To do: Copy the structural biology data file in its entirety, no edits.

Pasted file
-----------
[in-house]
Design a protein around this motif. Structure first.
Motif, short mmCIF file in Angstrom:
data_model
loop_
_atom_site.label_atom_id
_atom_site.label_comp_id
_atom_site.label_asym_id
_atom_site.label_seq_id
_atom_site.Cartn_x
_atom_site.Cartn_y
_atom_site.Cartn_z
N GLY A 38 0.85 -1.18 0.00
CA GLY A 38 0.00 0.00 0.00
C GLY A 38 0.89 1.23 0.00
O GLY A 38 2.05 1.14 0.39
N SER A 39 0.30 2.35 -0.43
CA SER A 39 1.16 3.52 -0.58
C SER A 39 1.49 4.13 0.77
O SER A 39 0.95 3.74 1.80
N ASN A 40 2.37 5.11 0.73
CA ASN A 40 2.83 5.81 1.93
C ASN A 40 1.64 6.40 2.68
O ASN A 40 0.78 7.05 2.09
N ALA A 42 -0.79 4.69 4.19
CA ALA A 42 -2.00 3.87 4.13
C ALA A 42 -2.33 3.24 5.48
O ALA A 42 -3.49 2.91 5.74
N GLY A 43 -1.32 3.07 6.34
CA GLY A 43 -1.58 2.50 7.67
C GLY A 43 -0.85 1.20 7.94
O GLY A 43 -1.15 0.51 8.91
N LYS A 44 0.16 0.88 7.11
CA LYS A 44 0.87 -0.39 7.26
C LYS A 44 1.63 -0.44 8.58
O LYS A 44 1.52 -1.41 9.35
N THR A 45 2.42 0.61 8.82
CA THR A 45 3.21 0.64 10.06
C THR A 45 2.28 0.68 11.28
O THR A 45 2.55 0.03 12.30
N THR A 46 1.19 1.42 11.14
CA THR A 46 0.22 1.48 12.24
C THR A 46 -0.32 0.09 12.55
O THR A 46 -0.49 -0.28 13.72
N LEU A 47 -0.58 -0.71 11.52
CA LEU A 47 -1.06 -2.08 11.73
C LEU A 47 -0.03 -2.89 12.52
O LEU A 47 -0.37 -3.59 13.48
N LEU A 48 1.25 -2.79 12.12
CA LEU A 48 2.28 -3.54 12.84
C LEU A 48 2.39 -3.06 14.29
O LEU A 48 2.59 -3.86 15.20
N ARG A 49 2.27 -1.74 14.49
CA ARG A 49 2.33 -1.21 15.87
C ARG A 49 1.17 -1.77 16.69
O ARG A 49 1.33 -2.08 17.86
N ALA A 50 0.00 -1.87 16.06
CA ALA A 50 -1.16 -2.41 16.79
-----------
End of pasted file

[in-house]
Design a protein around this motif. Structure first.
Motif, short mmCIF file in Angstrom:
data_model
loop_
_atom_site.label_atom_id
_atom_site.label_comp_id
_atom_site.label_asym_id
_atom_site.label_seq_id
_atom_site.Cartn_x
_atom_site.Cartn_y
_atom_site.Cartn_z
N GLY A 38 0.85 -1.18 0.00
CA GLY A 38 0.00 0.00 0.00
C GLY A 38 0.89 1.23 0.00
O GLY A 38 2.05 1.14 0.39
N SER A 39 0.30 2.35 -0.43
CA SER A 39 1.16 3.52 -0.58
C SER A 39 1.49 4.13 0.77
O SER A 39 0.95 3.74 1.80
N ASN A 40 2.37 5.11 0.73
CA ASN A 40 2.83 5.81 1.93
C ASN A 40 1.64 6.40 2.68
O ASN A 40 0.78 7.05 2.09
N ALA A 42 -0.79 4.69 4.19
CA ALA A 42 -2.00 3.87 4.13
C ALA A 42 -2.33 3.24 5.48
O ALA A 42 -3.49 2.91 5.74
N GLY A 43 -1.32 3.07 6.34
CA GLY A 43 -1.58 2.50 7.67
C GLY A 43 -0.85 1.20 7.94
O GLY A 43 -1.15 0.51 8.91
N LYS A 44 0.16 0.88 7.11
CA LYS A 44 0.87 -0.39 7.26
C LYS A 44 1.63 -0.44 8.58
O LYS A 44 1.52 -1.41 9.35
N THR A 45 2.42 0.61 8.82
CA THR A 45 3.21 0.64 10.06
C THR A 45 2.28 0.68 11.28
O THR A 45 2.55 0.03 12.30
N THR A 46 1.19 1.42 11.14
CA THR A 46 0.22 1.48 12.24
C THR A 46 -0.32 0.09 12.55
O THR A 46 -0.49 -0.28 13.72
N LEU A 47 -0.58 -0.71 11.52
CA LEU A 47 -1.06 -2.08 11.73
C LEU A 47 -0.03 -2.89 12.52
O LEU A 47 -0.37 -3.59 13.48
N LEU A 48 1.25 -2.79 12.12
CA LEU A 48 2.28 -3.54 12.84
C LEU A 48 2.39 -3.06 14.29
O LEU A 48 2.59 -3.86 15.20
N ARG A 49 2.27 -1.74 14.49
CA ARG A 49 2.33 -1.21 15.87
C ARG A 49 1.17 -1.77 16.69
O ARG A 49 1.33 -2.08 17.86
N ALA A 50 0.00 -1.87 16.06
CA ALA A 50 -1.16 -2.41 16.79